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Lesson: Team Building 101

Summer Camps
Jim Bruner | Mezzacello Having Fun with a Robot Selfie Stick

Welcome to the Lesson: Team Building 101. This is a core lesson for kids who do not necessarily know each other to begin with. This lesson is also helpful to students who do know each other!

The truth is that the modern world REQUIRES the ability for young and old, boys and girls or them to be able to work together with little effort. Learning team skills and discovering the quick ways to build a good team is surprisingly easy. It requires four simple things:

  1. Respect [To feel or show deferential regard for; esteem or admire.]
  2. Self-Respect [Regard for one’s own standing or position.]
  3. Communication [The act of an EXCHANGE of information.]
  4. Adaptability [capable of being or becoming that which is needed at the time.]

Know Your Worth: You must find the courage to leave the table when respect is no longer being served.

Tene Edwards

What Do These Four Things Have to Do with Teamwork?

To be real people, we must first treat ourselves and others as real people. The one thing that humans are NOT is “things”. This may not be obvious, but showing little respect for others is a glaring sign of a lack of self-respect; here’s how.

It starts with empathy.

Teamwork starts with empathy, whether you like it or not – that is irrelevant – you are part of a team. If you treat others with cruelty or apathy then you are telling everyone that you wish to be treated that way as well. How do you wish to be treated?

A Note on Apathy:

Apathy, by the way, is an absence of care and sidebar: apathy is the opposite of love, not hate.

Do Unto others only that which you wish to be done to you.

Every Human Culture in Existence

This is the golden rule and it is the glue of any team. You must treat others as you wish to be treated. A good team treats each other with all four of these components.

We will be building teams from strangers, so there will be some design challenges tied to this. This is critical work. We have to care about each other, so we can care about ourselves and others.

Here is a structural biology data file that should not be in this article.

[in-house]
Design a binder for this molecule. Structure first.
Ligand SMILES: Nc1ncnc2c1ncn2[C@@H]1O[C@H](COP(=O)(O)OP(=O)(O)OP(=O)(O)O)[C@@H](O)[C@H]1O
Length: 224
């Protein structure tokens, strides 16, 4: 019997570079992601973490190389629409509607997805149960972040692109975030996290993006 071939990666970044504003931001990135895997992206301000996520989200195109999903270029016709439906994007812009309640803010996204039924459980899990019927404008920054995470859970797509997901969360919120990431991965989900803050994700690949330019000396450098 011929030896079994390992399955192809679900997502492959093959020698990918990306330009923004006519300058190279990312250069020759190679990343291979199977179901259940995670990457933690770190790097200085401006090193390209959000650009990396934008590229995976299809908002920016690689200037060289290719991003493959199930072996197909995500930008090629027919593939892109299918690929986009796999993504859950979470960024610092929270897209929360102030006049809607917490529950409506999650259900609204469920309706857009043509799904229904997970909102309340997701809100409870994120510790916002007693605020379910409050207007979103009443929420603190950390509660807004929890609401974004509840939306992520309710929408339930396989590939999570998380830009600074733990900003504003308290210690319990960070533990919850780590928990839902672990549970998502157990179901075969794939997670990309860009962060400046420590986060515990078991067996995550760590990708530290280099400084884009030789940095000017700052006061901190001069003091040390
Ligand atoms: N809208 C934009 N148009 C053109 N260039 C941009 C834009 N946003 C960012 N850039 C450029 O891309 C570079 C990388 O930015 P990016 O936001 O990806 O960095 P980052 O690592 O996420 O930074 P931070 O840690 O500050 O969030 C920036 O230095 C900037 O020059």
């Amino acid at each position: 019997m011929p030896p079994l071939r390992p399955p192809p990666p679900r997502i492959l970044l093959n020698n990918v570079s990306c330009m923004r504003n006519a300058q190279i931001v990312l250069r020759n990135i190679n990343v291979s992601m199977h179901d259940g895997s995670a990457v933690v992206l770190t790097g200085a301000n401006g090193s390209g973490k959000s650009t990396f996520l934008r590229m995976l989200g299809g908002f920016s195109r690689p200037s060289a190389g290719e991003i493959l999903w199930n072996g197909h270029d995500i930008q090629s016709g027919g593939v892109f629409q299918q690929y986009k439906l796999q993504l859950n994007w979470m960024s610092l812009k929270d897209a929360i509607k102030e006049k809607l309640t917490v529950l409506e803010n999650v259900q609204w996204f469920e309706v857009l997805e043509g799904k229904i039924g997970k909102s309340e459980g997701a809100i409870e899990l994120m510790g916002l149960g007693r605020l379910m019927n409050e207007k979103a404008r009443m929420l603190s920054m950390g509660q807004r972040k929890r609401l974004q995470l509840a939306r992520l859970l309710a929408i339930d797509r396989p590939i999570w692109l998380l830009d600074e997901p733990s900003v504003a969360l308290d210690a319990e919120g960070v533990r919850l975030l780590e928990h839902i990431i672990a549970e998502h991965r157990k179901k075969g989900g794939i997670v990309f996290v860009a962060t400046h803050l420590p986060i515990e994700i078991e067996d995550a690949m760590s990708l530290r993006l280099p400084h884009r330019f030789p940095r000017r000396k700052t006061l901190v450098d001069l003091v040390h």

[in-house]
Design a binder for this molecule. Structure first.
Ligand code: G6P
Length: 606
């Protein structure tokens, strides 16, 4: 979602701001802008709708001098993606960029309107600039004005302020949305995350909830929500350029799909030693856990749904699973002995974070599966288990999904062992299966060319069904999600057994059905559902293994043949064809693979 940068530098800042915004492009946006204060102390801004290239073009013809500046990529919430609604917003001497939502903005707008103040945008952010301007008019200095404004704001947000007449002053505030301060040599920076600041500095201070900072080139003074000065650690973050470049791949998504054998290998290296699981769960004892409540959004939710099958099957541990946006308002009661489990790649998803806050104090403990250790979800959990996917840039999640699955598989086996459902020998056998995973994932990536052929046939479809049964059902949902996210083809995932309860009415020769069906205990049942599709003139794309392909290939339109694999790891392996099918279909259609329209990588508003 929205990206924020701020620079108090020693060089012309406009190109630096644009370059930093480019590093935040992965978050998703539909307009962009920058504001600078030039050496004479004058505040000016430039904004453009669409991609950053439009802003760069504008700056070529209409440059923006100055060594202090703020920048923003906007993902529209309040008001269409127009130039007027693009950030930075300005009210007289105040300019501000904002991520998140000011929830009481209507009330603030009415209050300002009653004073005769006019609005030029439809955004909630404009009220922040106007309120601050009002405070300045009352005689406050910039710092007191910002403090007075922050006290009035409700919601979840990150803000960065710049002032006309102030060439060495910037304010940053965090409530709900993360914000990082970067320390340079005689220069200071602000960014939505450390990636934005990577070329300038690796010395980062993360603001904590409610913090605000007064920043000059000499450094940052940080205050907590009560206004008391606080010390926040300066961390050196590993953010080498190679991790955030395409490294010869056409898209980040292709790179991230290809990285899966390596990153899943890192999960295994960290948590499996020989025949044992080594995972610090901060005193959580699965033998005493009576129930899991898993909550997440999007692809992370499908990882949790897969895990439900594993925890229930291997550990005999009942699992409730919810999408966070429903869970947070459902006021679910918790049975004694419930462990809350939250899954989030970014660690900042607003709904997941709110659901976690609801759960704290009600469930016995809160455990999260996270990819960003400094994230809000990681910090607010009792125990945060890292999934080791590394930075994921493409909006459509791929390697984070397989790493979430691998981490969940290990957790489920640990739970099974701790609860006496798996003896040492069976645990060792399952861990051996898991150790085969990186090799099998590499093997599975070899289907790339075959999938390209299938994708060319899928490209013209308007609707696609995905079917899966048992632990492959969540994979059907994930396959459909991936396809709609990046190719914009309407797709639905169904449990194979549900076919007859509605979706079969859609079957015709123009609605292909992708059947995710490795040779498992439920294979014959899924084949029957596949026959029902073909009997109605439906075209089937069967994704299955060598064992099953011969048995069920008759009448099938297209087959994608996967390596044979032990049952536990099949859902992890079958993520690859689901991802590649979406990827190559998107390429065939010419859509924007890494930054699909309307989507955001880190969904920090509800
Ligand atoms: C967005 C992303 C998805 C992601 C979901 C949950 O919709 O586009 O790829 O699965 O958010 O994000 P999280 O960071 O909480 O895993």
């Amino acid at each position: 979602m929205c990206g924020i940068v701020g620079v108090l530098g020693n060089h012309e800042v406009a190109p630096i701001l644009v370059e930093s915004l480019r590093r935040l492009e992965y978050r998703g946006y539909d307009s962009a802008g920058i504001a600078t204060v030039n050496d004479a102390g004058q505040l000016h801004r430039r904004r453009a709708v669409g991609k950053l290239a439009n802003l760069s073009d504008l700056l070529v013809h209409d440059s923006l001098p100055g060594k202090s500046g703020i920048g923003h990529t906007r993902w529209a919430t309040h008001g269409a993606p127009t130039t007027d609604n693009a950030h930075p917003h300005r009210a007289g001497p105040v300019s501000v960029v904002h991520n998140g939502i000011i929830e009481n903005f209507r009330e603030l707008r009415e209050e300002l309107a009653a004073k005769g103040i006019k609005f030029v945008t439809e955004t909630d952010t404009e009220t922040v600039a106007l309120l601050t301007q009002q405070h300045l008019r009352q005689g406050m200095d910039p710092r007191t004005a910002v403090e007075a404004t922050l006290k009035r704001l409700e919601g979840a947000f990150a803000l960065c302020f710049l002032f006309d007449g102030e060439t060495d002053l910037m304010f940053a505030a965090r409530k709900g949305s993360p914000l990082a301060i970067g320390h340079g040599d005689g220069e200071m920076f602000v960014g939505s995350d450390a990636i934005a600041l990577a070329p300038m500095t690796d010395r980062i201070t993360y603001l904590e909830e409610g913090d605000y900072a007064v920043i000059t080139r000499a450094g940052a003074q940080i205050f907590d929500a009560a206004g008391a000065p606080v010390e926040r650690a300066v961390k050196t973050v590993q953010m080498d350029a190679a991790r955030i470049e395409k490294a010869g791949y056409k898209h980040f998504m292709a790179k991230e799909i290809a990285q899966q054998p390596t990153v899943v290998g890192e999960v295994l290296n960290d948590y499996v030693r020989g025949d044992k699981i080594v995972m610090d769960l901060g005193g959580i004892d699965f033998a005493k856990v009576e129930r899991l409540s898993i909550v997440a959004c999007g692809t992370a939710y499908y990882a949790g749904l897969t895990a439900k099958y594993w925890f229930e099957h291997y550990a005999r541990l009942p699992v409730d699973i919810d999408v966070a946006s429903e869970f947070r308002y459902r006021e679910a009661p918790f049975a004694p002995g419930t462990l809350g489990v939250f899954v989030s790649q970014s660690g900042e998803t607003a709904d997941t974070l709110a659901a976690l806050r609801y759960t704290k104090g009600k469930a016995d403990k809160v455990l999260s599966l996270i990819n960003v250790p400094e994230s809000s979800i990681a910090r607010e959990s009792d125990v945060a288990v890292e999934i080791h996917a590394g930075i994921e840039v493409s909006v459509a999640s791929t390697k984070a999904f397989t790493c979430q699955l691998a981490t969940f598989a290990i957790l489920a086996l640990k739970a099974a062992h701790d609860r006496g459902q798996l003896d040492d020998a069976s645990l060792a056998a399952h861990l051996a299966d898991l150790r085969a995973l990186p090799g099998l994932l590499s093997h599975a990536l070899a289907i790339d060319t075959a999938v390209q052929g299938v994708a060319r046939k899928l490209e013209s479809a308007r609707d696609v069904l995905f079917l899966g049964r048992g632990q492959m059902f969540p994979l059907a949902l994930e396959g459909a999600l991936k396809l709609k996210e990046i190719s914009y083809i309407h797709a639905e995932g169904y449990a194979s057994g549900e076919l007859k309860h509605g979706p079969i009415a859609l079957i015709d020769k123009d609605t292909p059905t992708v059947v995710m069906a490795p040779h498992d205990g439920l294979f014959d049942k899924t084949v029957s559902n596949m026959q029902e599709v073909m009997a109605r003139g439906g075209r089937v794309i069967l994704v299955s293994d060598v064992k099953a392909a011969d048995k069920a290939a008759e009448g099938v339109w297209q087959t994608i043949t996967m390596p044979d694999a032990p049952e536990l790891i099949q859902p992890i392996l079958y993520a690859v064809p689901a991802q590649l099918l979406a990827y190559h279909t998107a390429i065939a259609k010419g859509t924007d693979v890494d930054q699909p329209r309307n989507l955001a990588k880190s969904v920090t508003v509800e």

As my good friend, Mando would say:

Jim Bruner | Mezzacello Image courtesy of Walt Disney Productions and Lucasfilm.

Materials

  • Open hearts and minds
  • A whiteboard
  • Three whiteboard markers
  • a hat filled with twelve tickets with three numbers

Instructions

  1. Group the students together.
  2. Ask each student to pick a ticket out of the hat and pass it to the person next to them.
  3. Do this until every student has a ticket.
  4. Red tickets are one team, Blue tickets are one team, Green tickets are one team.
  5. Ask the students to group together and introduce themselves.
  6. Ask them to offer on thing about themselves that most people do not know OR;
  7. Ask them to tell someone else something about that person that they believe is true.
  8. Record all results on the whiteboard with each student’s name.
  9. Give the students 10 minutes for this activity.

Learning Integration

This is important for multiple reasons. First and foremost is Social and Emotional Learning. COVID19 has isolated students and made social interactions awkward and scary.

Students also often come to camp with negative ideas of being judged and fear of failure and inadequacy. They might not want to be here. We have an opportunity to give them agency and pride, we should take that opportunity.

This exercise directly relates to building confidence and self-esteem as well as empathy.

The “Sophie’s Choice” of revealing something (they may not even know) about themselves or guessing at something about another is complicated. Choose vulnerability and self-reflection or embarrassment and potential insult. This is when we all of become real people.

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